There are new standards like in Europe, and for broadcasting the actual specs change. Speaking of delivery and broadcasting, LUFS standards are now a thing and can be seen as a diagnostic tool for "perceived" volume and overall range as it adds in analysis of frequencies and stops some of the outrageous manipulations for commercials as an example. YEA! You can create audio that sounds louder to listeners by jacking up certain frequencies that humans hear well, but the actual dBs do not change allowing it to pass "Loudness standards".
Ok last link is to an article by T. Payton, a forum contributor, on Apple's application of Pan Law which he thinks is a bad bug…
tpayton.com/the-pan-law-fcpx/

Happy Editing
Hope this Helps, Greg

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Need some help understanding audio waveforms 28 Mar 2020 23:46 #105706

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"From Apple's own words, when the waveform shows Red that is 0dBFS not -6dB. (Sorry Ben)"

I'm telling you what actually happens on my timelines. I don't care what Apple claims, I care about what I physically see on my timeline. And it hits red in the Timeline when the meters hit -6db. Fact. If Apple wants to excuse this away with Pan Law, good for them. But the fact is that when my meters hit -6db, the Timelie shows red.

And since the CALM act in the U.S. why has Apple ignored LUFS meters?

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Last edit: by FCPX.guru.

Need some help understanding audio waveforms 29 Mar 2020 00:08 #105707

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"FCPX almost always (but not always:(. ) attenuates the audio by -6dB. So it is entirely possible for the clip waveform to show red, but not the Meters."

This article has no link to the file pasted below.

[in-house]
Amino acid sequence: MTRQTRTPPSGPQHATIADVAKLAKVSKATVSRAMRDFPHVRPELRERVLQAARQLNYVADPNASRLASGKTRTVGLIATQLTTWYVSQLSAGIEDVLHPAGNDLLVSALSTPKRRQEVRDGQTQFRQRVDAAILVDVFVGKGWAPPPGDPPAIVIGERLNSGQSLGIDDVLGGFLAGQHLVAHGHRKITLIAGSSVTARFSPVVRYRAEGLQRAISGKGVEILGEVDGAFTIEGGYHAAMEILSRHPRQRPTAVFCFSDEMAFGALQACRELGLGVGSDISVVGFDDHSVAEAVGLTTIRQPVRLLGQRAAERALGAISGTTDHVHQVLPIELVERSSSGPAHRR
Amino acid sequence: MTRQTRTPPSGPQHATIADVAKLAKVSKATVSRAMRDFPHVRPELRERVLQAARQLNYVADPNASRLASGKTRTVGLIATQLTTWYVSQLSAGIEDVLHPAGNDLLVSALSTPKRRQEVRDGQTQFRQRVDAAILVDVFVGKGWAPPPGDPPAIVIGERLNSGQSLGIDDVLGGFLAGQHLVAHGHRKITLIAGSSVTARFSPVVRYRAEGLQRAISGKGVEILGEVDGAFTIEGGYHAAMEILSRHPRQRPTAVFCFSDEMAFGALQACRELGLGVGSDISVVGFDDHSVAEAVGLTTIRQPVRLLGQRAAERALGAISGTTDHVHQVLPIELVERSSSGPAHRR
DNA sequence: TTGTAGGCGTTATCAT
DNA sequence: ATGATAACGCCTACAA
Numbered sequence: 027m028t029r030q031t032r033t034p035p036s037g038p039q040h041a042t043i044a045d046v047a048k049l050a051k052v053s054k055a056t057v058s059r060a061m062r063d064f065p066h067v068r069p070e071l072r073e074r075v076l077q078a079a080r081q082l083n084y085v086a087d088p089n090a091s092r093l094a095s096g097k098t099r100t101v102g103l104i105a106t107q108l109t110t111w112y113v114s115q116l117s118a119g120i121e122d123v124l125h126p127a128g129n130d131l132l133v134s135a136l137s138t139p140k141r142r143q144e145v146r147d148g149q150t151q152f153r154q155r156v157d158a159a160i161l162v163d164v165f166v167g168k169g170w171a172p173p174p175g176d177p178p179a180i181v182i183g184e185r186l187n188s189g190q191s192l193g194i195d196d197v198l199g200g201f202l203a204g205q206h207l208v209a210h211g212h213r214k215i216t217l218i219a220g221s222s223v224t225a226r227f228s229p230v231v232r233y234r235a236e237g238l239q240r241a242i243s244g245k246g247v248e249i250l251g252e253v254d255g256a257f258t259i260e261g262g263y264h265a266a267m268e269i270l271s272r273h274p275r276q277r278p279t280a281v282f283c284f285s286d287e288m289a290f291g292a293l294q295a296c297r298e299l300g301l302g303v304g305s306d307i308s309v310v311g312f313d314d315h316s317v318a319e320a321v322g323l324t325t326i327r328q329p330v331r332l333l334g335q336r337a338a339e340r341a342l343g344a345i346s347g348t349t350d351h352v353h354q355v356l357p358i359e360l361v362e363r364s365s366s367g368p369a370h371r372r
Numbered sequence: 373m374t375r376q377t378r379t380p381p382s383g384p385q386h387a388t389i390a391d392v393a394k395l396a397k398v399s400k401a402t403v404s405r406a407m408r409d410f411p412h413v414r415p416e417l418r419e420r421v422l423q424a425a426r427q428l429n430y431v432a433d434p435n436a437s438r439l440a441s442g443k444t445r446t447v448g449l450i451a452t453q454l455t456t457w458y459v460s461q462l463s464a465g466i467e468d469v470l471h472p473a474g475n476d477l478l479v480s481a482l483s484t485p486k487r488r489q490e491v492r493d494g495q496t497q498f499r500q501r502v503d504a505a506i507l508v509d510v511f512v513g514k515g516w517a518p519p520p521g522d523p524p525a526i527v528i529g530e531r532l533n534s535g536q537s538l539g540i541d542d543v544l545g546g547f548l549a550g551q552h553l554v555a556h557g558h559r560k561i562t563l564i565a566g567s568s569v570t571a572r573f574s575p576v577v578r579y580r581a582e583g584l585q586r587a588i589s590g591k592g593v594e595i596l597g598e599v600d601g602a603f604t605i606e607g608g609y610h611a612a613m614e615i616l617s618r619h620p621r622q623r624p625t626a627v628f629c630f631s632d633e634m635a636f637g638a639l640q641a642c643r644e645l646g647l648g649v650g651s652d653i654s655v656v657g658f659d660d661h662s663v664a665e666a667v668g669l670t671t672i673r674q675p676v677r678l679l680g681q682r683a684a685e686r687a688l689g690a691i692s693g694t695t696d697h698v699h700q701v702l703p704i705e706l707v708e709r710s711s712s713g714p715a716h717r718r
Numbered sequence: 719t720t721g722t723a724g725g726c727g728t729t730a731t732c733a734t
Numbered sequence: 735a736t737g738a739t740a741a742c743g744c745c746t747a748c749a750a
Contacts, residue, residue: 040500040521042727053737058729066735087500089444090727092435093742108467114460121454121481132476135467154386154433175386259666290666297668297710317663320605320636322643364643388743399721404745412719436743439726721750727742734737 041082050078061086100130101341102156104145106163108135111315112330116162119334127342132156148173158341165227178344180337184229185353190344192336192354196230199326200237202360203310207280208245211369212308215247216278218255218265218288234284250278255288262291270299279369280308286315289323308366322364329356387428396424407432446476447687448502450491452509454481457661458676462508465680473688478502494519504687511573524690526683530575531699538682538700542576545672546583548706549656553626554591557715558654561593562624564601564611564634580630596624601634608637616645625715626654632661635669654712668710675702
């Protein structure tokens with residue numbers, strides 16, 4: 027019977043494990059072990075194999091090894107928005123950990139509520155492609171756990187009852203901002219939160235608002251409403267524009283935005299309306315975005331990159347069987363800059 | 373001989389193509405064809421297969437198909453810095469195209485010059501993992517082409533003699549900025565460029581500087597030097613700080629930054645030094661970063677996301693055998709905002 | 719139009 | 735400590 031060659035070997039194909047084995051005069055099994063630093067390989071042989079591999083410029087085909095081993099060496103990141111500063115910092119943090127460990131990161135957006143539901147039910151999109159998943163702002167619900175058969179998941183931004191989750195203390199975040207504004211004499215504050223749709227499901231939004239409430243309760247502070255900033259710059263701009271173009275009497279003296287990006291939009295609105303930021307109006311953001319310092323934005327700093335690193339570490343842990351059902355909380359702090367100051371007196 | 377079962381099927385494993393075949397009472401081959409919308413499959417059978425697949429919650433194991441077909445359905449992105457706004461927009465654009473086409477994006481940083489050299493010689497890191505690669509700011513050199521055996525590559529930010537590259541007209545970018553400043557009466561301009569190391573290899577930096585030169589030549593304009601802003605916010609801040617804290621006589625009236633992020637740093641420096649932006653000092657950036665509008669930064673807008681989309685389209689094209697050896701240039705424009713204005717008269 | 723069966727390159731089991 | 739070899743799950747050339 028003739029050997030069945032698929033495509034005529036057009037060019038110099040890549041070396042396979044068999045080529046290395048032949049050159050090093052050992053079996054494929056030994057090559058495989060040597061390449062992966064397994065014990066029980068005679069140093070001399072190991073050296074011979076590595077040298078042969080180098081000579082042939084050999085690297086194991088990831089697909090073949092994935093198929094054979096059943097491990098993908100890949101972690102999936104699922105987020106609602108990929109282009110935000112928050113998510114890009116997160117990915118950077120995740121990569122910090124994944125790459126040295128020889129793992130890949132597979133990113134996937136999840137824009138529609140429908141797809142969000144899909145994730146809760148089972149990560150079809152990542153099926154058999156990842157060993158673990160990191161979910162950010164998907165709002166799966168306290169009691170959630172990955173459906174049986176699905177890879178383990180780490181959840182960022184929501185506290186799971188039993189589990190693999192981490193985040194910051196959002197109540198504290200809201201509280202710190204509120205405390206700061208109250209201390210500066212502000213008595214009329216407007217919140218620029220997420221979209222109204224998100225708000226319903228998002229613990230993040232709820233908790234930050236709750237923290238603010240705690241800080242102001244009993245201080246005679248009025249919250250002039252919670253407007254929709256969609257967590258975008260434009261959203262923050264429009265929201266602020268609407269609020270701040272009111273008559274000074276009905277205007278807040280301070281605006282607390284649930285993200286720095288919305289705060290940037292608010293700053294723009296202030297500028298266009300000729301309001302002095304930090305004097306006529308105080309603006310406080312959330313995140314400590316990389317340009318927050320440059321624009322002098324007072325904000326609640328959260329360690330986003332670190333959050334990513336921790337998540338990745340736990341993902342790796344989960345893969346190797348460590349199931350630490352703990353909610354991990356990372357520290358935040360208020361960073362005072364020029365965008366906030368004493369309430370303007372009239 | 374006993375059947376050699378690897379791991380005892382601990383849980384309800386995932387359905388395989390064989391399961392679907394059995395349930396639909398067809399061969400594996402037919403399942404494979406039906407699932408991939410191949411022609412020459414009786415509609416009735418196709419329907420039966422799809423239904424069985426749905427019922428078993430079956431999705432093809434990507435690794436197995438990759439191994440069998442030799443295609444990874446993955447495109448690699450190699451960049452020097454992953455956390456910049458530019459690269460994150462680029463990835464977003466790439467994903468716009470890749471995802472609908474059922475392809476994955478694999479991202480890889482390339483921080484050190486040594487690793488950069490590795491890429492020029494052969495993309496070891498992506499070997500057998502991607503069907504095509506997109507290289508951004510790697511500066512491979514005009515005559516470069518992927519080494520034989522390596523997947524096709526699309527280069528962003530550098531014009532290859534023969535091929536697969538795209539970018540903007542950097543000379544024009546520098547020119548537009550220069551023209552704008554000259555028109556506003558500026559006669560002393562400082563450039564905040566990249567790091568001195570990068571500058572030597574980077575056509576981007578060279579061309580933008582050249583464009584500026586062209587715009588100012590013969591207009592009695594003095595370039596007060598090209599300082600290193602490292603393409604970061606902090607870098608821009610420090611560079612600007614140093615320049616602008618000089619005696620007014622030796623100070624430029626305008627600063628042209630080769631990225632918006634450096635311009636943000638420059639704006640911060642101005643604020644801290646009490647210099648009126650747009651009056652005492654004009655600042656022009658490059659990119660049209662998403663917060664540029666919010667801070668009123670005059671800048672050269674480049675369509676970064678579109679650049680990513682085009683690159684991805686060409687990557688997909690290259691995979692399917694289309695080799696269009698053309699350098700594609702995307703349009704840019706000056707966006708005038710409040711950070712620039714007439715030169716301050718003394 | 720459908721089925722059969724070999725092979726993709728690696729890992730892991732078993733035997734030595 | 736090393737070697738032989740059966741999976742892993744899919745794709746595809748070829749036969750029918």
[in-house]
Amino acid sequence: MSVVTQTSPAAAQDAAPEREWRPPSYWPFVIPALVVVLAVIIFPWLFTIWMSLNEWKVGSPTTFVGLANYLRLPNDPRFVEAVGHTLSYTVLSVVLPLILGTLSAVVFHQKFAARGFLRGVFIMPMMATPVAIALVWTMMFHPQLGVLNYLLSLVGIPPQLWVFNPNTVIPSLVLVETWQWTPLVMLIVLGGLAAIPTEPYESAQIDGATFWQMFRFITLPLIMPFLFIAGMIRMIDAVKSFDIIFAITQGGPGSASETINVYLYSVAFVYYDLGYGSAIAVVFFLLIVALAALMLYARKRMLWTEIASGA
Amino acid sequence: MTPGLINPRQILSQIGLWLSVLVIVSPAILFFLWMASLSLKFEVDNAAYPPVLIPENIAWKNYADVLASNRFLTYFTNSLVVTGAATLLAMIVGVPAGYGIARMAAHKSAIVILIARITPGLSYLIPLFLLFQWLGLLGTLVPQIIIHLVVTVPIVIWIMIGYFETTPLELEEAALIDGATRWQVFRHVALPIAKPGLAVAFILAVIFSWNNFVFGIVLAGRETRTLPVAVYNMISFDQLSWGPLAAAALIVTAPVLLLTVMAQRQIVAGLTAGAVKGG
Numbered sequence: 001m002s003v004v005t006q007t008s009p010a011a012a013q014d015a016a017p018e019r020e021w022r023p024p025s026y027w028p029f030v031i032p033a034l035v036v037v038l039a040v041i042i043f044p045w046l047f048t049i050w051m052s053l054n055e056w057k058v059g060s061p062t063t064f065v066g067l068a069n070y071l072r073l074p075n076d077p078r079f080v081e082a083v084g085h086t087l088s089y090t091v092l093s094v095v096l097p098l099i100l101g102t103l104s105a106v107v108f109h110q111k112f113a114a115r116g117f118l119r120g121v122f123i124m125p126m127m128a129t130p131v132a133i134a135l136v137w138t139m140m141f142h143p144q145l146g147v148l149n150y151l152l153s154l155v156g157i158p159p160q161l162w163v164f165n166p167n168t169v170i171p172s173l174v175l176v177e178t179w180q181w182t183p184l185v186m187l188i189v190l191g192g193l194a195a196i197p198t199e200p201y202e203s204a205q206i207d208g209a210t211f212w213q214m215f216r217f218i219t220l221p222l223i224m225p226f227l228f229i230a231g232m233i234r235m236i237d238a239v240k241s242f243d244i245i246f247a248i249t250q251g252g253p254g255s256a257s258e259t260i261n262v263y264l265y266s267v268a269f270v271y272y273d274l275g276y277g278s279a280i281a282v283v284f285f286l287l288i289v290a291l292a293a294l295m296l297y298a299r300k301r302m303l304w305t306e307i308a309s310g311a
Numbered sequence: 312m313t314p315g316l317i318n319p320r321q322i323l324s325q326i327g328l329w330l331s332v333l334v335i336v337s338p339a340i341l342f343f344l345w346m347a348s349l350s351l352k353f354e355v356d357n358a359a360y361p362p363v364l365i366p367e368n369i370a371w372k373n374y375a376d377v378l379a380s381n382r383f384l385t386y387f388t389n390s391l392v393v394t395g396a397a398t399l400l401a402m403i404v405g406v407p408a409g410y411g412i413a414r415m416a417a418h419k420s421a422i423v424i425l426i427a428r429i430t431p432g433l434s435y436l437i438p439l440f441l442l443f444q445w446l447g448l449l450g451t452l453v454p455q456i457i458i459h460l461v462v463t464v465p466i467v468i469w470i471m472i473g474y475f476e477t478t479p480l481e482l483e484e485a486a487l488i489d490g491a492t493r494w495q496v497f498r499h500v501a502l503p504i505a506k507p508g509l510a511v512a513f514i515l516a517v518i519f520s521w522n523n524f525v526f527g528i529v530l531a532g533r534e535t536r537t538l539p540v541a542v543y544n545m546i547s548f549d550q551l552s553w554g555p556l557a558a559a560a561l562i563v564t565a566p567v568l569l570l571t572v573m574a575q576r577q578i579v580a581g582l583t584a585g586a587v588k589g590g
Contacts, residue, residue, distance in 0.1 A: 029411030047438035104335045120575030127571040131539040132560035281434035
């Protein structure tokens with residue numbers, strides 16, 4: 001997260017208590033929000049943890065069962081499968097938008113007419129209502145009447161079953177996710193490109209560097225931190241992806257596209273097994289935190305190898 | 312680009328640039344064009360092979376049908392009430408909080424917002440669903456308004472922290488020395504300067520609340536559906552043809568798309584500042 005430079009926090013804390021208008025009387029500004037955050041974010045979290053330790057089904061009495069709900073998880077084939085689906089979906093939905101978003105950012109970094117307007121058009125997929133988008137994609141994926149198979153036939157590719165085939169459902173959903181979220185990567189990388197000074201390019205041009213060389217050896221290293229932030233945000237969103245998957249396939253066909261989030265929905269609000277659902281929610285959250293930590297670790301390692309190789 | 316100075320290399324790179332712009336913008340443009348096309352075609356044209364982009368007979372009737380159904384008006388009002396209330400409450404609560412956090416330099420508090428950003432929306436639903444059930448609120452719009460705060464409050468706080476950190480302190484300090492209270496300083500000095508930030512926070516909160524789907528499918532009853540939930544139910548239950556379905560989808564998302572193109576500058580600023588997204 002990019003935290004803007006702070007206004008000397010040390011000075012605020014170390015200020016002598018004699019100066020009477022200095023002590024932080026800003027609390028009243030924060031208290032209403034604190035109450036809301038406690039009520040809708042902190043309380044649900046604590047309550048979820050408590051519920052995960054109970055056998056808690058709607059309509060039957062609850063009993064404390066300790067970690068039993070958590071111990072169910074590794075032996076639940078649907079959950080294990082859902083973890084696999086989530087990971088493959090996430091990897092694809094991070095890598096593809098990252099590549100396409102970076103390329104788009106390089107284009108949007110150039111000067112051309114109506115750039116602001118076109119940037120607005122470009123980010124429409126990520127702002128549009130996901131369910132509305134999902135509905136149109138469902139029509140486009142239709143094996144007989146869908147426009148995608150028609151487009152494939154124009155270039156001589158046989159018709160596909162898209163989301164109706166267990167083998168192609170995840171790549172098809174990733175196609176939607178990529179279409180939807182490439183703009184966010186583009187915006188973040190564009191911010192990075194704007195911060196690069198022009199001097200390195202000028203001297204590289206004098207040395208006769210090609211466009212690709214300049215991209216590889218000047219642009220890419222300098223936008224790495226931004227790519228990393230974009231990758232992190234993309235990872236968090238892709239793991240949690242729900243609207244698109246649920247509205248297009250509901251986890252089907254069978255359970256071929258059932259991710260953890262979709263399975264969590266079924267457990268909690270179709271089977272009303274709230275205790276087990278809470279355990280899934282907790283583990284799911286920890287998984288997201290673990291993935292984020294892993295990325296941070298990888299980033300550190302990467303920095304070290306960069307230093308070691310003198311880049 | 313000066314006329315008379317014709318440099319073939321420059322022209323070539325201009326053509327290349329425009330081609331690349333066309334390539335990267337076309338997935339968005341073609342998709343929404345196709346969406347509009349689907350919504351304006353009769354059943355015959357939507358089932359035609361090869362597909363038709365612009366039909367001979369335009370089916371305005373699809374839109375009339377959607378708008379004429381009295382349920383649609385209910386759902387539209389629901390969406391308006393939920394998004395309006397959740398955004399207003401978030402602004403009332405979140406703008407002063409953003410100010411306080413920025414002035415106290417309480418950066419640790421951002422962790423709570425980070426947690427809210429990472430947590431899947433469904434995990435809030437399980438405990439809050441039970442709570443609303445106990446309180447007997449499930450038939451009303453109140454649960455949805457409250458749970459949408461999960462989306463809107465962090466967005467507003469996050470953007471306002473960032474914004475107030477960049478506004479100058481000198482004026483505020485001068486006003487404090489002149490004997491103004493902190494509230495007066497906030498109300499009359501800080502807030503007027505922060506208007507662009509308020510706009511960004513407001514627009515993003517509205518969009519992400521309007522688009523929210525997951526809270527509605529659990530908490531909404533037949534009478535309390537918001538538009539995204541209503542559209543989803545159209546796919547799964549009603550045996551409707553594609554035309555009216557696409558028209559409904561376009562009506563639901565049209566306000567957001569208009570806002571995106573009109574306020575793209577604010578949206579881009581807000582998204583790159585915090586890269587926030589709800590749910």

Is this documented anywhere?

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Need some help understanding audio waveforms 29 Mar 2020 15:27 #105717

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Hi Ben
If you do not believe Apple's own documentation… "
"From Apple's own words, when the waveform shows Red that is 0dBFS not -6dB. (Sorry Ben)"
(copied directly out of the FCPX 10.4.7 user manual)

""I'm telling you what actually happens on my timelines. I don't care what Apple claims, I care about what I physically see on my timeline. And it hits red in the Timeline when the meters hit -6db.""

I honestly do not know what documentation would be acceptable to you if you are not willing to except Apple's own. A simple internet search will result in thousands of hits about this subject and YouTube has many tests showing this using tones and other audio inputs. Please go have a look including the link to T. Payton.

I did not go into all the details like stereo project vs mono/dual mono sources, surround sound etc… because it is not what the OP asked, but he did ask why it shows up as it does and I believe that the -6dB cut is mostly the answer he seeks. I also provided a brief explanation of how I would deal with red clip waveforms. In fact this advice mostly agrees with your advice to ignore the "red" and monitor the Meters. I do believe that he should lower volume in clip below red waveforms to provide more headroom so I included that advice.

Ben I do not want this to become a war of opinions, so please go study the issue, read the documentation and watch the testing that "proves(IMHO)" this is in fact what is happening. It answers why you are seeing the Meters as you are! For a person in your professional position, this could be important to understand correctly!

I faced this long ago when I switched to Logic Pro and later discovered the preference in LP that allows you to set the Pan Law compensation to 0dB or -3dB. Wish this preference was included in FCPX; user controlled and only -3dB, which I find better for my needs.

Happy Editing
Greg

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Need some help understanding audio waveforms 29 Mar 2020 23:40 #105723

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I'm not expressing an opinion, I'm telling you what factually happens physically in my edits, that's all. But you said I was mistaken, what I actually experience isn't true. So, that's all. I know what I do daily, and how it behaves for my work, daily, that's all. No documentation can make me believe I'm hallucinating.